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To vote or not to vote?

February 16, 2011

By Staff Reporter

Next week, David Trimble, the UUP leader, and the SDLP’s top man, Mark Durkan, will outline their positions.

By Northern Ireland Secretary of State Paul Murphy
The job of secretary of state for Northern Ireland is one that always involves taking a lot of difficult decisions, and my first eight months in the job have been true to form. No decision, however, has been so difficult as the one to postpone the election intended for May 29. However, Tony Blair and I are certain that the decision we took together, and after many days of debate, was the right one to protect the Good Friday agreement and the peace process, for which the agreement is our road map.
The Northern Ireland Assembly, set up by the Good Friday agreement, has been suspended since October last year. It was suspended because of a collapse of trust, trust which hemorrhaged because of continuing paramilitary activity, including alleged involvement of the IRA with terrorists in Colombia and an alleged IRA spy ring in my own Northern Ireland Office.
Without trust, the unique structure of devolved government for Northern Ireland cannot work. For if one side of the community feels it cannot trust the other, and will not participate in government with them, then there can be no government.
Rebuilding that trust has thus been our priority over the last eight months — and it remains so. We began last October when Tony Blair made his famous speech calling for “acts of completion” in the Northern Ireland peace process. The prime minister spoke for all the people of Ireland when he said that the age of paramilitary activity had passed, that a fork in the road had been reached, and that the Republican movement must “make the commitment to exclusively peaceful means — real, total and permanent.”
Over the following six months we worked intensively with the Irish government and the Northern Ireland parties to agree on a way forward. In March, we produced a Joint Declaration, spelling out exactly how and when we would implement all that remained outstanding from the agreement. And we spelled out, with equal precision, what we meant by acts of completion by the paramilitaries.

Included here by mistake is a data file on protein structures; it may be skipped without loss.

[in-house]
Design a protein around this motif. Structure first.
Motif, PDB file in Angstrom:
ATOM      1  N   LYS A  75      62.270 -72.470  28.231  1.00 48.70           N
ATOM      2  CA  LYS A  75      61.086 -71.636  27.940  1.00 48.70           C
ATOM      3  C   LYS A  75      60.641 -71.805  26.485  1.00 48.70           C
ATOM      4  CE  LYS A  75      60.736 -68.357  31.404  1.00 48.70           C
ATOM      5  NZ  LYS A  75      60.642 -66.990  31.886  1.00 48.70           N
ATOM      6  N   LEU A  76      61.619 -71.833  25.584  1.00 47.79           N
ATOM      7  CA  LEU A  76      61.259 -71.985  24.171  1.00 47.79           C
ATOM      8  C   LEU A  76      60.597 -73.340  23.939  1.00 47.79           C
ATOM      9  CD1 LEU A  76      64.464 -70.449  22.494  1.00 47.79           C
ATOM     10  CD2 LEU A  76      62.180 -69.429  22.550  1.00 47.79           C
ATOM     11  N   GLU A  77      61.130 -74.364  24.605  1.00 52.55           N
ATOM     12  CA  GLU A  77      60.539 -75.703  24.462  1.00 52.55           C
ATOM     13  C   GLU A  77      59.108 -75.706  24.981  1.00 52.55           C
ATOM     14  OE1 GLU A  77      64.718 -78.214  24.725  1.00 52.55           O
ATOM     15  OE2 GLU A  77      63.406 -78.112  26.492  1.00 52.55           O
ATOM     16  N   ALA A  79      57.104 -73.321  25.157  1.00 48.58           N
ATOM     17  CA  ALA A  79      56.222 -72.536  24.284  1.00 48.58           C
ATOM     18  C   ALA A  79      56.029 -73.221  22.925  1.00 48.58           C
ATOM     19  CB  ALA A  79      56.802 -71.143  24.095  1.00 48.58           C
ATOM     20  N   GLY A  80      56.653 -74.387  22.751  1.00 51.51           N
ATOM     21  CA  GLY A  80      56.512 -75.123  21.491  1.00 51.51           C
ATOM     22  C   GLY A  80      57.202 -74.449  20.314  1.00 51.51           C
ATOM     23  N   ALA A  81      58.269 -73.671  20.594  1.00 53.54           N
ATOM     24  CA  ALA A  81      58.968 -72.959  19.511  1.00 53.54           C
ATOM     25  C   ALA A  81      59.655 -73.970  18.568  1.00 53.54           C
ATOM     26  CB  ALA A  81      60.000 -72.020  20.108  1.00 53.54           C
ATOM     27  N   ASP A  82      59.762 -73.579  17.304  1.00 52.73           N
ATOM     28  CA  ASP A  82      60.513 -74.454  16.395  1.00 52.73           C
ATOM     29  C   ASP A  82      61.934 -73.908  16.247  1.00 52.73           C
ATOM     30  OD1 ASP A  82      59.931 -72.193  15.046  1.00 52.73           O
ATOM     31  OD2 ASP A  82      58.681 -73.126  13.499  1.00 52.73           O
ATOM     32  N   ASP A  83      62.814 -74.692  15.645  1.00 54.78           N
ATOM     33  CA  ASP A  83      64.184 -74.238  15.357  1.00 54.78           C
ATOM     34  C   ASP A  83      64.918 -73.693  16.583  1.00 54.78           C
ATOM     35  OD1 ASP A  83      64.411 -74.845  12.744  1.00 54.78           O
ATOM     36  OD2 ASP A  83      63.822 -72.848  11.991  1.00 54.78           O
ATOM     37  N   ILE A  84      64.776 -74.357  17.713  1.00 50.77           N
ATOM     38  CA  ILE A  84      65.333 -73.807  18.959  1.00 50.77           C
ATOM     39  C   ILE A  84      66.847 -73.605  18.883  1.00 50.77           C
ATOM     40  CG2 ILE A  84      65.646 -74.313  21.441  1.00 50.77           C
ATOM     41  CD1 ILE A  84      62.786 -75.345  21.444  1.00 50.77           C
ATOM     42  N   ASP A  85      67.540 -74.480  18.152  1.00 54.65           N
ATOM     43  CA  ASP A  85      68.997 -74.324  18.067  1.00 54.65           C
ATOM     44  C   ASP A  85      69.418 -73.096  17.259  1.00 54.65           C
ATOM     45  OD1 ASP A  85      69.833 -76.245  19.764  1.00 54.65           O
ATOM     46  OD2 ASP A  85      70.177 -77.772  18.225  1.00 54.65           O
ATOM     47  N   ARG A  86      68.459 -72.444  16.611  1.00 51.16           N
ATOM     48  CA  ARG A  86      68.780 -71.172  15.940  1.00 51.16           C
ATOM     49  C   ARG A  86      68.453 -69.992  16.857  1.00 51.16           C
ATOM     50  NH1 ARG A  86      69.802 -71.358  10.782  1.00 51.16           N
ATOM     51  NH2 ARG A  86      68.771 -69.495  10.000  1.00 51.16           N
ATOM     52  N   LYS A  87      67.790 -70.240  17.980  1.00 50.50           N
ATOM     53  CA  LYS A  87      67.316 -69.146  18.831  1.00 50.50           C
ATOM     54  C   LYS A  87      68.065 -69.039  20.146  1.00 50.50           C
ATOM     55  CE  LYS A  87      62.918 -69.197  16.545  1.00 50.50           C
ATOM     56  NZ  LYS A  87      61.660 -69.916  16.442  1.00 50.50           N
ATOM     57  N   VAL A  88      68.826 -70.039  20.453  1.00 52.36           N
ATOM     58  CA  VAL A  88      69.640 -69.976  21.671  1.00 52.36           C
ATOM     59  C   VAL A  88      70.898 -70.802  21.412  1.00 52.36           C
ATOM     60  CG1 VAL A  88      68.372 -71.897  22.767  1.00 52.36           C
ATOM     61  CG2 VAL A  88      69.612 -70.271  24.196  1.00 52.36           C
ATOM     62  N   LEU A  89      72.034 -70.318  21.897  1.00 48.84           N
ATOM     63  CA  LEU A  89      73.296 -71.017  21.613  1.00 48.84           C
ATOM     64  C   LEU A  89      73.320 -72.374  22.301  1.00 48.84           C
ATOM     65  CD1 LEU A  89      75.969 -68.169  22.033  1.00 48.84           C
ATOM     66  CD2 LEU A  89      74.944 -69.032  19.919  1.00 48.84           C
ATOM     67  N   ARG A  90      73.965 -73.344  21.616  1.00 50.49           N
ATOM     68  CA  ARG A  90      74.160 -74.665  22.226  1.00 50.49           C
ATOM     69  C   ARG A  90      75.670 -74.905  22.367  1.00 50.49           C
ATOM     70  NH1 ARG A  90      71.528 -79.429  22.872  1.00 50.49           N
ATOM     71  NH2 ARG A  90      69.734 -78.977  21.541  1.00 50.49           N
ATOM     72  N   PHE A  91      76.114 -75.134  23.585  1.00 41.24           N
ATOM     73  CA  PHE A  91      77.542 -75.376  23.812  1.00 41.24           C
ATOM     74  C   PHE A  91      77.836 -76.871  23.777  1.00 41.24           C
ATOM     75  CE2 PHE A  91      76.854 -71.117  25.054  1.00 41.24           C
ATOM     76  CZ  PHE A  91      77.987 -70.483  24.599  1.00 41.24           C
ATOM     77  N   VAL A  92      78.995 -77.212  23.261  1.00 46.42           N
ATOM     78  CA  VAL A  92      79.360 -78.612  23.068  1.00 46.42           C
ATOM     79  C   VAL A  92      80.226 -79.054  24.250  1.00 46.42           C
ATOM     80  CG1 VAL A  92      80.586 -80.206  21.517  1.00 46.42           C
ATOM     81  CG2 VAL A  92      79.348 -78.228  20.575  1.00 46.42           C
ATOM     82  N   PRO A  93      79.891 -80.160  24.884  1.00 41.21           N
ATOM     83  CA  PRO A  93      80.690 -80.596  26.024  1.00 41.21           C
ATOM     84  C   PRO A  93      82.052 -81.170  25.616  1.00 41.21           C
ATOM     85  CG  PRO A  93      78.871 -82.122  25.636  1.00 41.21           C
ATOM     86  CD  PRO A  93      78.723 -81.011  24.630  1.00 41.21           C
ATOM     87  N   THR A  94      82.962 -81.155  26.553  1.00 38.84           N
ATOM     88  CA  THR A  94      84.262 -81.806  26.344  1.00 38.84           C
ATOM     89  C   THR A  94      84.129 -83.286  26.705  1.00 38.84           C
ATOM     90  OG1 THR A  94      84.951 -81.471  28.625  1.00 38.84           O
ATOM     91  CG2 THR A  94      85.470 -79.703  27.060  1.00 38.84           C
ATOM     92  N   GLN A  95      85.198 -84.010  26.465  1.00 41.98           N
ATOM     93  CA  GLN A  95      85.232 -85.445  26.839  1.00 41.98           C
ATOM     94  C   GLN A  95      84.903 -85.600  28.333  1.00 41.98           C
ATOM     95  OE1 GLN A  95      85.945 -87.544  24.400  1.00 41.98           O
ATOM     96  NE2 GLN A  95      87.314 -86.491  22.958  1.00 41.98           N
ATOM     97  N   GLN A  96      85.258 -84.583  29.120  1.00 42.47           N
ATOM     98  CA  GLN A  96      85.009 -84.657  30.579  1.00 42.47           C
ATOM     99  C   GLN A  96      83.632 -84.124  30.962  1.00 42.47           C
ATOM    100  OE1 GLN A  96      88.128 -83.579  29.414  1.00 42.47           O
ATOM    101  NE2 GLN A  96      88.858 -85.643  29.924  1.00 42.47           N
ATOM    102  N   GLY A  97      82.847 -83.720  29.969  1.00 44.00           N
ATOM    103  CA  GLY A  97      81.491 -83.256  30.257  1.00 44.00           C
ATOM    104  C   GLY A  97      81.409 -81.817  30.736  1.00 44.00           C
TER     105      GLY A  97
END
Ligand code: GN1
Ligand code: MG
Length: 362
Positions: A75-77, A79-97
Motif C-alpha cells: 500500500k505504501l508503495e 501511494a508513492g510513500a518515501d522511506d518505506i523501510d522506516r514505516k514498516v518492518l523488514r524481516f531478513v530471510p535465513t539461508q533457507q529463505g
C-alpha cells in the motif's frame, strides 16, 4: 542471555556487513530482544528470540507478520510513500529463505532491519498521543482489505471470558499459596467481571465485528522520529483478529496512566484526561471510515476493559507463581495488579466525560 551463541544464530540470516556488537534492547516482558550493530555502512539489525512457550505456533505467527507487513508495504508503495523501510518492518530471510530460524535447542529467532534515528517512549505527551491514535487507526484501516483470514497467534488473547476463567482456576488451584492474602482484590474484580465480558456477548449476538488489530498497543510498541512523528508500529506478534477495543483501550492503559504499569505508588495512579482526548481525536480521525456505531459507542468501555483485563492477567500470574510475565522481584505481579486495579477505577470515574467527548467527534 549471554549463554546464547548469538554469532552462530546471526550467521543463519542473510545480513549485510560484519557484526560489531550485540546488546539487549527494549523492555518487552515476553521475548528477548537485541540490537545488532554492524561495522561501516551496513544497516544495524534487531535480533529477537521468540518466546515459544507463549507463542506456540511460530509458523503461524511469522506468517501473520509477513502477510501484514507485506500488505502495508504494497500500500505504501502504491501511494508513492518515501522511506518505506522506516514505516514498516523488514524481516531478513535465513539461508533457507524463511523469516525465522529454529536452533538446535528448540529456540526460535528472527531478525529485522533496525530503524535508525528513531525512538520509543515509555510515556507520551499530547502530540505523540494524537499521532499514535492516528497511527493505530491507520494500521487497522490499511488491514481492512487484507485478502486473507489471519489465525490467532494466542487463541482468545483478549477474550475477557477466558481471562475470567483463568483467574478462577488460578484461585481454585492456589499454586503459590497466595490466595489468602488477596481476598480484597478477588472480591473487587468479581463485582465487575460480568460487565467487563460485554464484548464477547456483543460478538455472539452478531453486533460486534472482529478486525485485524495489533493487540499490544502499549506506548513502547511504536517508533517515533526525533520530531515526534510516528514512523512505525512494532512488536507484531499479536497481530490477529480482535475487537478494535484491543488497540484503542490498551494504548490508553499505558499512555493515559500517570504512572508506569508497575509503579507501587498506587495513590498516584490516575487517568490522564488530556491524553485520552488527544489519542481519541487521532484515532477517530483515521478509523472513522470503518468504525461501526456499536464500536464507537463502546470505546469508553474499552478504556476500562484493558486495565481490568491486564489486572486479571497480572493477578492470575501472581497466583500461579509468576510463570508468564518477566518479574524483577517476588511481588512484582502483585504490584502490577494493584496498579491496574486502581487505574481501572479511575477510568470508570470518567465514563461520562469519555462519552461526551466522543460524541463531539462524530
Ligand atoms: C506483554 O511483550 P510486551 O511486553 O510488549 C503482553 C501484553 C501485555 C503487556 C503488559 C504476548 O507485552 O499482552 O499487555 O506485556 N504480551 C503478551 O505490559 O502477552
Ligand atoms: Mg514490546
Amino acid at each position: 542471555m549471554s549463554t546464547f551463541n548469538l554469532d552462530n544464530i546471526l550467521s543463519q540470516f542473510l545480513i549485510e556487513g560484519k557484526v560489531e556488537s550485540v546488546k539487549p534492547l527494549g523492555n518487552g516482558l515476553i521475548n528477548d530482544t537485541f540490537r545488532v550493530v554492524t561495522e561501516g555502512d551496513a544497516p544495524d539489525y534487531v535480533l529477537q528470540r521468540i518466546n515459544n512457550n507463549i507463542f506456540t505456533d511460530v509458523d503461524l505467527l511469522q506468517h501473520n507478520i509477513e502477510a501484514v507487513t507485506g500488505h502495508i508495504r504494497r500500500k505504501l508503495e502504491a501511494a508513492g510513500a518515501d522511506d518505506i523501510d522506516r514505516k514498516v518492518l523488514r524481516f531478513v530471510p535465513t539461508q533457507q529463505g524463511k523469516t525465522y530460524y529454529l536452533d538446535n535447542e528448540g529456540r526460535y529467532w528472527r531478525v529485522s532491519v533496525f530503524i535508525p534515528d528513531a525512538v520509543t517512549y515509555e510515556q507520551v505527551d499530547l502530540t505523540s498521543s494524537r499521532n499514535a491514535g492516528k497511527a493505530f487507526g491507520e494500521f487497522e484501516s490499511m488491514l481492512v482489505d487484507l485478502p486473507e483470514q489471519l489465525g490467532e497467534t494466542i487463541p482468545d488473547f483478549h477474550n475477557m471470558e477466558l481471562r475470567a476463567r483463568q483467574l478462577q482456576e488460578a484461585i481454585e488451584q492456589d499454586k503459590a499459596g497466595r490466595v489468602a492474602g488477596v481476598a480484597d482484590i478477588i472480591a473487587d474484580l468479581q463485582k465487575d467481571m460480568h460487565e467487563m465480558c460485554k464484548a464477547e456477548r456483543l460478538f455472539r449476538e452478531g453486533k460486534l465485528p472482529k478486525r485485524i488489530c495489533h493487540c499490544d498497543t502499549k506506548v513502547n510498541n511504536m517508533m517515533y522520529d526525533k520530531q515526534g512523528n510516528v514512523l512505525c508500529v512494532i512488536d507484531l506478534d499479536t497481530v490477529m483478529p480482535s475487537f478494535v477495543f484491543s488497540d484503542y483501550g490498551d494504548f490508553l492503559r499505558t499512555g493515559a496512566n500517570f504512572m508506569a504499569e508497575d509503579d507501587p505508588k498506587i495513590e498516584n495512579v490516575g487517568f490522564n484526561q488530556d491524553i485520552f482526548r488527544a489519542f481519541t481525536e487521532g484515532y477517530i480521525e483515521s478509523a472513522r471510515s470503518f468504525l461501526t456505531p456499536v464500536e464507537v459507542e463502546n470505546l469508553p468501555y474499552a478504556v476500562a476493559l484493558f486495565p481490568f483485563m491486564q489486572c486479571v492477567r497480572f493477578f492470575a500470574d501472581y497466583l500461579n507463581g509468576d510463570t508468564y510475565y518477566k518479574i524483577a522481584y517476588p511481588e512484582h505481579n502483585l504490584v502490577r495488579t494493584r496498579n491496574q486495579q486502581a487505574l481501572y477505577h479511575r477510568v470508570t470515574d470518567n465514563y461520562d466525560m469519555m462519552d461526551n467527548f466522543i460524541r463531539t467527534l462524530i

We delayed the election, which had been scheduled for May 1, to the May 29, in order to give the political parties time to discuss the Joint Declaration with their membership. Meanwhile, we waited for an indication from the IRA that they too were prepared to undertake acts of completion. Their response came on April 13. Unfortunately, our assessment of their statement — shared by the taoiseach and the Irish government — was that it simply did not tell us what they were prepared to do. Did it mean that all paramilitary activity would cease? Did it mean that the conflict would now be closed? Did it mean that all of their weapons would be put out of use?
While Gerry Adams made genuine efforts to answer these questions he could not say that all paramilitary activity would cease. He did not say that so-called punishment beatings would stop, that exiling some people and inciting others to riot would stop. That all of these activities — which have continued since the signing of the Good Friday agreement — would stop. And without a clear answer to those critical questions — without the IRA saying yes, this activity will stop — there could be no trust.
We decided that to hold the election in those circumstances risked inflicting fatal damage on the Good Friday agreement — the only route to lasting peace in Northern Ireland.
Not everyone agreed that this was the best tactic to adopt. However, we, the Irish government, the pro-agreement parties — and the U.S. government — were completely united in believing that whatever the merits of the tactic, the strategy was right.
Because lest anyone doubt it, the Good Friday agreement remains the only way to build a fair and honorable accommodation between the different traditions and communities of Northern Ireland and to secure a stable and lasting peace.
So where do we go from here?
Already we have started to move the process forward. We have begun work on delivering commitments in the Joint Declaration.
An impressive amount of progress has been made. In addition to the Joint Declaration, a further agreement between the British and Irish governments sets out the role and remit of a new International Monitoring Body to report on paramilitary activity. Comprising individuals from the United States, Great Britain, the Irish Republic and Northern Ireland, it promises to bring a new clarity and transparency to the process.